One of the hundreds of billions of stars in the Milky Way seems to be having an identity crisis. New images from NASA's Galaxy Evolution Explorer (GALEX) show the star trailing a tail 13 light-years long, making it look like a gigantic comet. Astronomers think the tail will help them probe the star's evolution over the past 30,000 years, and the discovery raises the possibility that other stars sport such features.
It may seem ordinary, but our local neighborhood of stars actually teems with unusual objects. Take Mira, a relatively cool, older star known as a red giant, which lies 350 light-years away in the constellation Cetus. Astronomers first spotted Mira in 1596 and noted its unusual ability to disappear and reappear every 332 days. Earlier this year, an American team took a closer look at Mira with the GALEX spacecraft, which is in the process of mapping the entire sky as it appears in ultraviolet (UV) light.
The astronomers noticed that one of the images appeared smudged. Further inspection revealed that the star was trailing a tail of material some 13 light-years long--or more than three times the distance between the sun and Proxima Centauri, its nearest neighbor. This is the first time anyone has seen a star with a tail, which spectral analysis reveals comprises mainly carbon, nitrogen, and oxygen molecules--some of the elements necessary for life. The atoms in our bodies could have been produced by a star just like Mira, says astronomer Michael Shara of the American Museum of Natural History in New York City. "We're seeing [the material] implanted across the galaxy right now!"
So why the long tail? Although Mira contains only about as much mass as the sun, its diameter is about 400 times greater, meaning that its gravity has a hard time holding on to its atmosphere. Moreover, Mira's course has been taking it through a relatively dense zone of interstellar space, and its interaction with molecules of gas and dust creates a bow-shock effect, similar to what happens when a bullet or a supersonic aircraft travels through air. Material from the bow shock gets heated by friction and then is whipped around and behind the star. Finally, Mira is streaking across the galaxy at 130 kilometers per second, more than twice as fast as most other stars, the team reports online today in Nature. For reasons not yet fully understood, the tail can be seen only in UV.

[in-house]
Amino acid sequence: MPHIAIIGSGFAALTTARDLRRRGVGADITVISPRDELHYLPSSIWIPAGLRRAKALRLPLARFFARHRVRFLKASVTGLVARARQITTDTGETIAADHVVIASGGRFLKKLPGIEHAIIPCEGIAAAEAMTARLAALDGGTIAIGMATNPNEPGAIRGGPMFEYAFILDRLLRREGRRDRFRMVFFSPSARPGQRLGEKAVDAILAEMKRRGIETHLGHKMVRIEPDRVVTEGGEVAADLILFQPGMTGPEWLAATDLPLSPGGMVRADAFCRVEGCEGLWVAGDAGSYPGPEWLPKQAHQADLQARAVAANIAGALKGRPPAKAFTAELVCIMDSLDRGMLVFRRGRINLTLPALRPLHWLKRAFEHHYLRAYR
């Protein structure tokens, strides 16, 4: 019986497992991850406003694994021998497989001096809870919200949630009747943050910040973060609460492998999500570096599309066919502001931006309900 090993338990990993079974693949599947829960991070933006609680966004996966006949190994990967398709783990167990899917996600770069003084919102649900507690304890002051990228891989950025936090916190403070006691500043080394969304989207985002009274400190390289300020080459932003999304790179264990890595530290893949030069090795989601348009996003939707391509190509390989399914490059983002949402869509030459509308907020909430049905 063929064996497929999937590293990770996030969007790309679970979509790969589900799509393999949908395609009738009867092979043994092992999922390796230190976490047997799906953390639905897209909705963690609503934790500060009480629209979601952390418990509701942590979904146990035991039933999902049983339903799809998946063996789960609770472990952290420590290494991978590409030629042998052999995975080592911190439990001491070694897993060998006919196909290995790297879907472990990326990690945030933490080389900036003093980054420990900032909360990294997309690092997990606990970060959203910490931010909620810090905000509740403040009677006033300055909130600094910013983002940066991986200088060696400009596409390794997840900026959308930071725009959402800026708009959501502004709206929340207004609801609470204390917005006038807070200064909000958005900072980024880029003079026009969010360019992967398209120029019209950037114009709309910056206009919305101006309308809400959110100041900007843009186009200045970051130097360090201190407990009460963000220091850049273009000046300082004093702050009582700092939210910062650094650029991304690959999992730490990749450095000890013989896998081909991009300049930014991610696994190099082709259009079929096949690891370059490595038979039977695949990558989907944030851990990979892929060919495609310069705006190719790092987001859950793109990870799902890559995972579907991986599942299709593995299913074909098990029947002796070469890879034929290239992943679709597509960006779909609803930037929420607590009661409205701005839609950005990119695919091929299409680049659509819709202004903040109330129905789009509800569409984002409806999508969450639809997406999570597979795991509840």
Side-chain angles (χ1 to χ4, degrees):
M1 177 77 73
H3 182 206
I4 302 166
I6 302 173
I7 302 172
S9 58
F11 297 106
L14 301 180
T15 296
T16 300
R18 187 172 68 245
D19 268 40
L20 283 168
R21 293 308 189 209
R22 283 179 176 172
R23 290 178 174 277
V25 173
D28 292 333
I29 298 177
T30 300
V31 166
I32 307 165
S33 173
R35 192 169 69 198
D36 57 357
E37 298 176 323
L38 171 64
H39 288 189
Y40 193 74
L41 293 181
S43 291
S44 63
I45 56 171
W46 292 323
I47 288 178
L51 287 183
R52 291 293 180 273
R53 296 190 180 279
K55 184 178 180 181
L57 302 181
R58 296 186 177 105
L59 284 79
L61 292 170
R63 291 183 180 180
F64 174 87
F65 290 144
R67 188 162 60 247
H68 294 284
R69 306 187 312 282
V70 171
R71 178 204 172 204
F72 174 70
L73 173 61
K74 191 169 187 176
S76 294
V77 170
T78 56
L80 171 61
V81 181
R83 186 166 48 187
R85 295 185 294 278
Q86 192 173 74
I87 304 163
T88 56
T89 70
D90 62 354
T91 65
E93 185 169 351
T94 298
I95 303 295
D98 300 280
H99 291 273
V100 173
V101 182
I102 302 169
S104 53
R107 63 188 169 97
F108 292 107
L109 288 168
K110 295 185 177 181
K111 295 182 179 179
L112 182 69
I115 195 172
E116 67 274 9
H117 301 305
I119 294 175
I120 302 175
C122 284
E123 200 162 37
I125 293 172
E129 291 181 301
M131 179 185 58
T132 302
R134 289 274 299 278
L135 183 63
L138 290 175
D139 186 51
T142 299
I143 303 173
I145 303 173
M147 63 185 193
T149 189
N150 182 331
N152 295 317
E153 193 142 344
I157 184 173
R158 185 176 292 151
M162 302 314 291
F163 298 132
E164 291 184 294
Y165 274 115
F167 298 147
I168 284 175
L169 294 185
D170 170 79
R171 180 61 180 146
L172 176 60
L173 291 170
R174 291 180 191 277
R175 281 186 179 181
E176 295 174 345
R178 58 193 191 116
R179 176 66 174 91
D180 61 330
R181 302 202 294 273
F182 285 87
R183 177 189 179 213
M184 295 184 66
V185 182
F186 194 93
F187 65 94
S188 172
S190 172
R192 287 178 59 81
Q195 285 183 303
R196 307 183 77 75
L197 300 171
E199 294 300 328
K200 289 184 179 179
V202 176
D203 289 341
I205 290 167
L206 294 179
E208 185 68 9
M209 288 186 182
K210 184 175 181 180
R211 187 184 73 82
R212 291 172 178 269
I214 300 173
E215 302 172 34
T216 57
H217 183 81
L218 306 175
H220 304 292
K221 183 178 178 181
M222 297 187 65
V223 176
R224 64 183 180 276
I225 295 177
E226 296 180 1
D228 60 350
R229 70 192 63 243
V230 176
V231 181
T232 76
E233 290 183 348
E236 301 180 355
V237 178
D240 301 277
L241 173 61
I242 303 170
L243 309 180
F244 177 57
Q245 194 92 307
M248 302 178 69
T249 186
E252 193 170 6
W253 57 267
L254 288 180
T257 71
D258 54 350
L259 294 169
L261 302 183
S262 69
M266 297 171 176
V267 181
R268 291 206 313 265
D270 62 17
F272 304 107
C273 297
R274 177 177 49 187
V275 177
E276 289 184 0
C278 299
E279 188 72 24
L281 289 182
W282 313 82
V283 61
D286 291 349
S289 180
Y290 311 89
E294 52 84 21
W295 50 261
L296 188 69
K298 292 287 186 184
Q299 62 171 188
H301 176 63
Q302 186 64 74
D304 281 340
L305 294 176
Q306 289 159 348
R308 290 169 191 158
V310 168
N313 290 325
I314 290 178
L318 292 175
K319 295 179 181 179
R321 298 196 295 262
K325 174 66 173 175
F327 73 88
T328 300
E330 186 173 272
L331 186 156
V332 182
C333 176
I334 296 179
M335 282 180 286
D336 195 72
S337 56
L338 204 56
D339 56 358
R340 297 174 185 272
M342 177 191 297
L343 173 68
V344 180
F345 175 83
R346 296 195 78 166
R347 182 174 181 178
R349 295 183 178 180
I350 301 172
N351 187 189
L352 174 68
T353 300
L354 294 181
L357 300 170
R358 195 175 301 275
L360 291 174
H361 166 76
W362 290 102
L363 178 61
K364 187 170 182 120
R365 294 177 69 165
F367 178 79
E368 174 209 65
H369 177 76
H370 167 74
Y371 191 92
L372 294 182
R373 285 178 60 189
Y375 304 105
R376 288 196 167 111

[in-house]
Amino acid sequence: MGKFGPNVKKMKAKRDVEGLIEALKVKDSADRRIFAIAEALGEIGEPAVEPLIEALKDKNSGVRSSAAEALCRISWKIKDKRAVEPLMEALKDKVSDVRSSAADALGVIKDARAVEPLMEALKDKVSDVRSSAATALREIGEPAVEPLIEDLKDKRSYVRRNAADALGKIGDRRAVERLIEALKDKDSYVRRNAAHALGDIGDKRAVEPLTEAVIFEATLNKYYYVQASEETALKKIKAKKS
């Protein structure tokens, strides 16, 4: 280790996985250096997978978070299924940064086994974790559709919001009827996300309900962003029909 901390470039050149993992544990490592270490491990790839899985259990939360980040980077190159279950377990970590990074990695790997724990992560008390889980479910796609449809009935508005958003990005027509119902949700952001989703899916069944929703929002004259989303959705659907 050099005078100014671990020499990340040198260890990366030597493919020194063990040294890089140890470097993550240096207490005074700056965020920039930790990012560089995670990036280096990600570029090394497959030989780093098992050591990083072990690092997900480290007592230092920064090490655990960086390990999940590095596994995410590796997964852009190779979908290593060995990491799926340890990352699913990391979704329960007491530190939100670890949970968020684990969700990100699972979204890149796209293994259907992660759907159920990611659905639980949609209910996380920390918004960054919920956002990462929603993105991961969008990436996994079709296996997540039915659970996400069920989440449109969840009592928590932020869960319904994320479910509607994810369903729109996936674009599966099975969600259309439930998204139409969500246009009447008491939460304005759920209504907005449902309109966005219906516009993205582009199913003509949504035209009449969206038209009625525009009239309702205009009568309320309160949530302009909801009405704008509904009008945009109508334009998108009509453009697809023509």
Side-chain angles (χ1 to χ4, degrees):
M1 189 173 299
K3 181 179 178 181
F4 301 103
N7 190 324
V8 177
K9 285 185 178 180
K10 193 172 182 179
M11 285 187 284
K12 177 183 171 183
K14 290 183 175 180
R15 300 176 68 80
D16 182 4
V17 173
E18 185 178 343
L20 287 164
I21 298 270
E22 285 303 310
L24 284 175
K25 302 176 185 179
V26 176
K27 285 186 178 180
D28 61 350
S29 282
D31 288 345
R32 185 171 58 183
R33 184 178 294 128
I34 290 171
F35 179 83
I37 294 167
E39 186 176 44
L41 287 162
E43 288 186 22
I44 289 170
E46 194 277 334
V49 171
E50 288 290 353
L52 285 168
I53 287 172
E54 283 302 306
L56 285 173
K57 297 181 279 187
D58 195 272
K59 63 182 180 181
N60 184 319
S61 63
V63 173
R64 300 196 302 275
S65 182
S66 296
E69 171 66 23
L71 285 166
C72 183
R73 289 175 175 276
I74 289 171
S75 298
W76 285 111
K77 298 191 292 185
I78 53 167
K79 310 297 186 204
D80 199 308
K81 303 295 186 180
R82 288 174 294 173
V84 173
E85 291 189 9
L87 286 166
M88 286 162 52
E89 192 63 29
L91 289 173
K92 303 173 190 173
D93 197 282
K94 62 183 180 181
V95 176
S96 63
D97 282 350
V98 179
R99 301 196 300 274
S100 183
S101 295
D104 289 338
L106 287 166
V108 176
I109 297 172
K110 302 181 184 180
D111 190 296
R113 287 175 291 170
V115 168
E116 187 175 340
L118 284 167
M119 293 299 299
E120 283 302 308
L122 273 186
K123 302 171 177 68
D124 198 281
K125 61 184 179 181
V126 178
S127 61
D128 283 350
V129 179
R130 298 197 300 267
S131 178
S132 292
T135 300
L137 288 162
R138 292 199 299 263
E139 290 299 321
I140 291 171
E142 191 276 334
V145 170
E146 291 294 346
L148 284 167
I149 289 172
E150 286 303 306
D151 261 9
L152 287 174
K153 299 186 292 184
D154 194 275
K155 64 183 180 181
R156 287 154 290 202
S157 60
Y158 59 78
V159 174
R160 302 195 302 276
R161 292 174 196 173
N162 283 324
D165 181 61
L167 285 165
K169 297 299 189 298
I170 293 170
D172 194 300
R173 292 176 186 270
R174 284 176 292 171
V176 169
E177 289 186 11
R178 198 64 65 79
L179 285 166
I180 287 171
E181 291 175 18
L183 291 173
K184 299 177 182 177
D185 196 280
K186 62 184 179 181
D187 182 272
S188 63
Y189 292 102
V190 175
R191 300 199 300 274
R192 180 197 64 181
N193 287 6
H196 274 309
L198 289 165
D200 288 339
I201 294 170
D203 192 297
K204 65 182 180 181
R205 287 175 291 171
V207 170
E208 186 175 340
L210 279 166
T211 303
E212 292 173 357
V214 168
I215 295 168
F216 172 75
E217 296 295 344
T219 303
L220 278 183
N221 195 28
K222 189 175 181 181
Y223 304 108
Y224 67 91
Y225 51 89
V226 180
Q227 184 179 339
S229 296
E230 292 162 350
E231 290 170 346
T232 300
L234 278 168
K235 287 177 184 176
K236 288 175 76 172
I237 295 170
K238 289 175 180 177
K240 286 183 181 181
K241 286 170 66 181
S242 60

Based on Mira's speed and the size of its tail, the star has been sloughing off material for at least 30,000 years, says co-author Christopher Martin, NASA's principal investigator for the GALEX mission. "We believe this record will tell us how stars age over time," Martin told reporters during a teleconference today. Red giants like Mira are quite common, notes Shara, so it's probably not the only comet imposter out there. "There must be lots more of these things" in the galaxy, he says.